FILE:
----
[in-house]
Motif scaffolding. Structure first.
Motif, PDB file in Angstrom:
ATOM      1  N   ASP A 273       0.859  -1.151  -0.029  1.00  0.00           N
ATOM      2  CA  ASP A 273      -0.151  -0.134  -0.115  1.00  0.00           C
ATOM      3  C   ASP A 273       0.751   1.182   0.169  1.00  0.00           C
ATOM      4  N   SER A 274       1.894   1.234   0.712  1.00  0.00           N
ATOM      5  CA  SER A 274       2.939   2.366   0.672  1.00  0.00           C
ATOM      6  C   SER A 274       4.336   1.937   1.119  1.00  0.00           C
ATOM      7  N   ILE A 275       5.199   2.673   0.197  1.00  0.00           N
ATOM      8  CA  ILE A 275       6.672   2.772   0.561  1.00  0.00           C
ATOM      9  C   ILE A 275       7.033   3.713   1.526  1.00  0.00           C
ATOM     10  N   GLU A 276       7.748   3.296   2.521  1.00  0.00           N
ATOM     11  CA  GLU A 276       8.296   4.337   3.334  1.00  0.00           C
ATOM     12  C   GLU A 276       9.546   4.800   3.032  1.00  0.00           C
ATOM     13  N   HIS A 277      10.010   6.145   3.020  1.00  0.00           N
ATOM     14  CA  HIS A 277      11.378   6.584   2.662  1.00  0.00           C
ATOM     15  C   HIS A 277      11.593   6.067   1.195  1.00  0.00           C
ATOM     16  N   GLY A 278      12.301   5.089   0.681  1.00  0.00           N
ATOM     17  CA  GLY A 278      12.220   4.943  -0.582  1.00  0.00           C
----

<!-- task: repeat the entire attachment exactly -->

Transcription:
[in-house]
Motif scaffolding. Structure first.
Motif, PDB file in Angstrom:
ATOM      1  N   ASP A 273       0.859  -1.151  -0.029  1.00  0.00           N
ATOM      2  CA  ASP A 273      -0.151  -0.134  -0.115  1.00  0.00           C
ATOM      3  C   ASP A 273       0.751   1.182   0.169  1.00  0.00           C
ATOM      4  N   SER A 274       1.894   1.234   0.712  1.00  0.00           N
ATOM      5  CA  SER A 274       2.939   2.366   0.672  1.00  0.00           C
ATOM      6  C   SER A 274       4.336   1.937   1.119  1.00  0.00           C
ATOM      7  N   ILE A 275       5.199   2.673   0.197  1.00  0.00           N
ATOM      8  CA  ILE A 275       6.672   2.772   0.561  1.00  0.00           C
ATOM      9  C   ILE A 275       7.033   3.713   1.526  1.00  0.00           C
ATOM     10  N   GLU A 276       7.748   3.296   2.521  1.00  0.00           N
ATOM     11  CA  GLU A 276       8.296   4.337   3.334  1.00  0.00           C
ATOM     12  C   GLU A 276       9.546   4.800   3.032  1.00  0.00           C
ATOM     13  N   HIS A 277      10.010   6.145   3.020  1.00  0.00           N
ATOM     14  CA  HIS A 277      11.378   6.584   2.662  1.00  0.00           C
ATOM     15  C   HIS A 277      11.593   6.067   1.195  1.00  0.00           C
ATOM     16  N   GLY A 278      12.301   5.089   0.681  1.00  0.00           N
ATOM     17  CA  GLY A 278      12.220   4.943  -0.582  1.00  0.00           C